Median Salary: $50,470
Education Level: Bachelor’s, Associates, or Certificate Degree
Because of the growing dependence on computers in business, computer programming is essential. So many companies now depend on computer systems and other high-tech jobs both for sales and operations. They simply can’t let those systems go completely in the case of a recession.
While this profession will certainly see a downturn in most recessions, it’s not likely to be as steep as others.
Median Salary: $86,550
Education Level: Bachelor’s Degree
As with social workers, psychologists are likely to see an increase in demand. With the stress a recession brings on many people and families, their services are in high demand making it one of the most recession-proof jobs on the list.
As with many professions in a bad economy, they may see downward pressure on their salaries, but overall demand will remain.
Median Salary: $100,770
Education Level: Master’s Degree
Another job that is almost completely funded through tax dollars and remains in need during a recession. In fact, crime can see an uptick during times of economic heartache leading to higher demand in this area.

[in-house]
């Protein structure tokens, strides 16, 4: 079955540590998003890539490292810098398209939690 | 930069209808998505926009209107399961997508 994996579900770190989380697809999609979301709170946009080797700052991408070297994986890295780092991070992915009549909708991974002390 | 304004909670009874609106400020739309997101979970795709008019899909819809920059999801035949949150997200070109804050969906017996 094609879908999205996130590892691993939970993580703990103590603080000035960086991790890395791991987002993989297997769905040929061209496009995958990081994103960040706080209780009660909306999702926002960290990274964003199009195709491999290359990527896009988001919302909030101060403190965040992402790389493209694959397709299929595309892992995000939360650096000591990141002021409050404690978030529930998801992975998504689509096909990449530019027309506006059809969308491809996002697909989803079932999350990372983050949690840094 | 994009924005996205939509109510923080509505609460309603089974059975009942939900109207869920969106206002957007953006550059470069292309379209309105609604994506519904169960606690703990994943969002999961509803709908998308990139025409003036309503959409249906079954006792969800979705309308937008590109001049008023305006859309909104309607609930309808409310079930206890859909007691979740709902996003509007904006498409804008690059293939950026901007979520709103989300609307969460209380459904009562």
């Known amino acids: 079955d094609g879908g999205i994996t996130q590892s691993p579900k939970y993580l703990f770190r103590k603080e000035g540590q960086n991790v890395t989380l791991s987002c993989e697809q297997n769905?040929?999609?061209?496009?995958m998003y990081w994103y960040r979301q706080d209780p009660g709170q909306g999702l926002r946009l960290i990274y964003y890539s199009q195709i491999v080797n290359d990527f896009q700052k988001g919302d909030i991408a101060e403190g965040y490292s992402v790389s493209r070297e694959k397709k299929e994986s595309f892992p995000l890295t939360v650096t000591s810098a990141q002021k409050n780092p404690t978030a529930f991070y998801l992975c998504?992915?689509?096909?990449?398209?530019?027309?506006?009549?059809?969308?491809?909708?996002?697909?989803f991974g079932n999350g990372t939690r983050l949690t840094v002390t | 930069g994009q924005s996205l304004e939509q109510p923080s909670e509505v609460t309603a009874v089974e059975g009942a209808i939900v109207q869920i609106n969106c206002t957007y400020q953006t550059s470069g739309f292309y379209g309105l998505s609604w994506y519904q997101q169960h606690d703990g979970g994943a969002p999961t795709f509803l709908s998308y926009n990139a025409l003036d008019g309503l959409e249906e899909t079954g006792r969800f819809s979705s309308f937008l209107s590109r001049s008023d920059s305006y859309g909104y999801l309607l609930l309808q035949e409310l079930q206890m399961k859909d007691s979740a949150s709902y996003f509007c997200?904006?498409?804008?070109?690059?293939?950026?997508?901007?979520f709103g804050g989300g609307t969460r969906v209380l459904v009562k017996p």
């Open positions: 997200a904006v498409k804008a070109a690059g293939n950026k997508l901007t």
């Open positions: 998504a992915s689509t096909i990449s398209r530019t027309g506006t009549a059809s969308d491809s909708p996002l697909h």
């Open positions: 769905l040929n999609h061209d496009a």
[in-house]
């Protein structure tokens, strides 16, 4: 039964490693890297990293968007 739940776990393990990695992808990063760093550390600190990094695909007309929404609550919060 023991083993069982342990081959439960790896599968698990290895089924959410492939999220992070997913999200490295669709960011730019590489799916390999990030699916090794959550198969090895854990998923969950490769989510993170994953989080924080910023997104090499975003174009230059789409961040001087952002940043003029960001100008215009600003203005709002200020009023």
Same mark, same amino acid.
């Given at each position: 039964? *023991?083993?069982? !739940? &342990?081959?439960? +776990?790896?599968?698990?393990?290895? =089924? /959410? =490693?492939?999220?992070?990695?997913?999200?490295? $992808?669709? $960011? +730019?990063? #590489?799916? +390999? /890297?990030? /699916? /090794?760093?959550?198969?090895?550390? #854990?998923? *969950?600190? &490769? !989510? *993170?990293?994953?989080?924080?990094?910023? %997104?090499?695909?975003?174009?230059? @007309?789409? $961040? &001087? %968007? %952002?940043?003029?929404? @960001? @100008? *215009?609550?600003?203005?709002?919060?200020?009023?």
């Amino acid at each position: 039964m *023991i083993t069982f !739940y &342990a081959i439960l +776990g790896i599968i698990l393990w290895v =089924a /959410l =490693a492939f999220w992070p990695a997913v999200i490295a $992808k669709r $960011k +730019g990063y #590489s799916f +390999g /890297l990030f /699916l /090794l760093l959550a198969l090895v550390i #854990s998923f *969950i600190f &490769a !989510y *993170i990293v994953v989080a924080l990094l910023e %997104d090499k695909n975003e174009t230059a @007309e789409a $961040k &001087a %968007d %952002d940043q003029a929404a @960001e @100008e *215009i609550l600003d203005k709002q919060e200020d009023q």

Law Enforcement is a great option for people who don’t want the office setting. And if college isn’t for you, it also allows you to avoid the 2-4 years of college required for some jobs.
Median Salary: $61,380
Education Level: High School Diploma
While some accounting outfits might see a reduction, many of these jobs are resistant to recession. People still need their taxes done, and business still need accountants to crunch the numbers.
If you really enjoy numbers, then considering a degree in accounting is a no-brainer.
Median Salary: $70,500
Education Level: Bachelor’s Degree
Jobs that are required to maintain critical infrastructure are typically good in a recession. Regardless of the economy, we’ll need to keep the lights on and the water running. At the same time, mother nature and other causes of utility issues will continue.
That leaves the demand largely unchanged for Utility workers and other critical skilled trade jobs.
Median Salary (electrical power-line Installers): $70,910
Education Level: High School Diploma
Fires happen in the best and worst of times. No doubt, this job takes a certain kind of person, and it’s not for everyone. If you’re a person who typically runs toward danger where others instinct is to run, being a firefighter might be a good fit for you.
Median Salary: $49,620
Education Level: Certificate-degree
As with Doctors and Nurses, Medical Assistants should see sustained demand in a recession. The offices and facilities that service the ill will continue to operate and need staff to function.